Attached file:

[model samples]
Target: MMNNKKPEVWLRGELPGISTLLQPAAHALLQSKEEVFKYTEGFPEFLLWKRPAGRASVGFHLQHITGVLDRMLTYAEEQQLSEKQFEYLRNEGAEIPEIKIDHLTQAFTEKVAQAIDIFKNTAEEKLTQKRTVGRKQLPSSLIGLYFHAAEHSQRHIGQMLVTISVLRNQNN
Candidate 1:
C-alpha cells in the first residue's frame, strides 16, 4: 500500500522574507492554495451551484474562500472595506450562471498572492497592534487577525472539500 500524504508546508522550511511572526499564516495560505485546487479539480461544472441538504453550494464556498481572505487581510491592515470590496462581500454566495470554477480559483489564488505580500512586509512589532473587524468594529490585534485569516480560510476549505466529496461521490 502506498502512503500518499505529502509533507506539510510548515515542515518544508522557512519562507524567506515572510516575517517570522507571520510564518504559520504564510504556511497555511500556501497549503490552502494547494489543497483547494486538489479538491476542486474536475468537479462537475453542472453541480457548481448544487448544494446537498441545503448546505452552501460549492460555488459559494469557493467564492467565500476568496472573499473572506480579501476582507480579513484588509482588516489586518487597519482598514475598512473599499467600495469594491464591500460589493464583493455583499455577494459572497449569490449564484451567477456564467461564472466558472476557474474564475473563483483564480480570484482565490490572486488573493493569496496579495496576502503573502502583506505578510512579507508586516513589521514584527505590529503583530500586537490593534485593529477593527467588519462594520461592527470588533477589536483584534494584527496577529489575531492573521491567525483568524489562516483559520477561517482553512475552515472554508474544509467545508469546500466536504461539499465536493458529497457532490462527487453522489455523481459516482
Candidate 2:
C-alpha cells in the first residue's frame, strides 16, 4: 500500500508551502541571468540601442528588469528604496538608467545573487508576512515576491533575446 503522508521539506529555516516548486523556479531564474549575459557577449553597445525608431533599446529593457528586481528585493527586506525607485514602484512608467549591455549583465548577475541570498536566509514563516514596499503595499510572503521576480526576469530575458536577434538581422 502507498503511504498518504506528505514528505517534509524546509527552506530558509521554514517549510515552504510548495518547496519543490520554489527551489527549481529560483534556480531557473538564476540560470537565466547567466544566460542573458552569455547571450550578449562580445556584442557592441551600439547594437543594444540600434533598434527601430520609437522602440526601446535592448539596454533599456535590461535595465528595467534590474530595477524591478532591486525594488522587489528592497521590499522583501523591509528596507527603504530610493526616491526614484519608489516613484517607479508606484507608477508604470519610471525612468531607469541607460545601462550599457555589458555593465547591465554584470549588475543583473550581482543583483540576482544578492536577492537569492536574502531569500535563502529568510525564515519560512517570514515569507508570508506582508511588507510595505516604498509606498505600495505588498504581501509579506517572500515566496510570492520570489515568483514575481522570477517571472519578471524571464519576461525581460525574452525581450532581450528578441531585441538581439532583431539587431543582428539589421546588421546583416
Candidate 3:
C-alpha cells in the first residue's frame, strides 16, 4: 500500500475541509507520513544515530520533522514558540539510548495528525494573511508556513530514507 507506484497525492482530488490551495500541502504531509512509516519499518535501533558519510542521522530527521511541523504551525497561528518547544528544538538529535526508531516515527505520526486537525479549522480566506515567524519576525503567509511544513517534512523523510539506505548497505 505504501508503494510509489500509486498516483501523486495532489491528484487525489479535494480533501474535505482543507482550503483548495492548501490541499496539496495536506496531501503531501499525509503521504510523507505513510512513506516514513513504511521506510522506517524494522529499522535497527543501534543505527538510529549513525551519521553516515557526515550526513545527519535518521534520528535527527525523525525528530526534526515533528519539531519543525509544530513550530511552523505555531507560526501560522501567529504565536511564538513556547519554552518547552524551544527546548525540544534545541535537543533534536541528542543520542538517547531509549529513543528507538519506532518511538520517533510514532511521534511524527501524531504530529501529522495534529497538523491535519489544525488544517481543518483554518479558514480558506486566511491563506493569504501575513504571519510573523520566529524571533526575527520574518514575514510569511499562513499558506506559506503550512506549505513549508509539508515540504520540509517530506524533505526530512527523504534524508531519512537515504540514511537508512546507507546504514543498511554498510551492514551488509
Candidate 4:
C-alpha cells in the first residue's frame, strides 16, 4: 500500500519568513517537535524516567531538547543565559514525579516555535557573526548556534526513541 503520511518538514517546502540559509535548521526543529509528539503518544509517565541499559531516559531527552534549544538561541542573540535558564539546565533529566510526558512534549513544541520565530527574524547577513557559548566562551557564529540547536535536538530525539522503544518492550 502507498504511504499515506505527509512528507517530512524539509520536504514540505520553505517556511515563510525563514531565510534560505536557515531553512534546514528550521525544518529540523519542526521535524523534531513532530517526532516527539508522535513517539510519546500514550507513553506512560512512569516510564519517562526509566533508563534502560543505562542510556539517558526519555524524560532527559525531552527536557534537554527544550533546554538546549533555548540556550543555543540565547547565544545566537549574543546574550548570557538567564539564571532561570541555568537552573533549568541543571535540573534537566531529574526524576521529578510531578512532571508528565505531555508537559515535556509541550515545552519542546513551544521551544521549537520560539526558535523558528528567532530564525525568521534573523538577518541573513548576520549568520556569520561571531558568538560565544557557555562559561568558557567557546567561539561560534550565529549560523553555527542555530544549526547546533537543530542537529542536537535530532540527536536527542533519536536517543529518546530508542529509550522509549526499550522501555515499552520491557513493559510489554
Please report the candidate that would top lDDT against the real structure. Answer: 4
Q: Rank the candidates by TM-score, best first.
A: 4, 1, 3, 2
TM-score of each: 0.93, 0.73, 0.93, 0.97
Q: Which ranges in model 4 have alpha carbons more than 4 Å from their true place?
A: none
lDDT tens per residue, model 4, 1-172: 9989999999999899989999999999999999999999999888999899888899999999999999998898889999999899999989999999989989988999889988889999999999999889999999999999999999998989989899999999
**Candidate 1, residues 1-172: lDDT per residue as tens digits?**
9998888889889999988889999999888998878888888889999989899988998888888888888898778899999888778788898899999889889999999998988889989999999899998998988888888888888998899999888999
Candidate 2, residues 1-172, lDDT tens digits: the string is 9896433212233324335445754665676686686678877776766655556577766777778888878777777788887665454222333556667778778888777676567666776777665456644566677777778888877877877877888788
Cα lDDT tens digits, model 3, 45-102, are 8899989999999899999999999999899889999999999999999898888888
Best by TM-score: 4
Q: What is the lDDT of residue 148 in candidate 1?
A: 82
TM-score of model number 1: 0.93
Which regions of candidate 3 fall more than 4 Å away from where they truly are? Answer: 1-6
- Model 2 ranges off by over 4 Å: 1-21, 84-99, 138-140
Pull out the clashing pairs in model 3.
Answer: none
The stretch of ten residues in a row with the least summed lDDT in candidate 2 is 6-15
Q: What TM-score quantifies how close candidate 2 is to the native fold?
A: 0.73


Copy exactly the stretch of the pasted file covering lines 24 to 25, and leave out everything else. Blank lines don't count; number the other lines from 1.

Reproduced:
A: 82
TM-score of model number 1: 0.93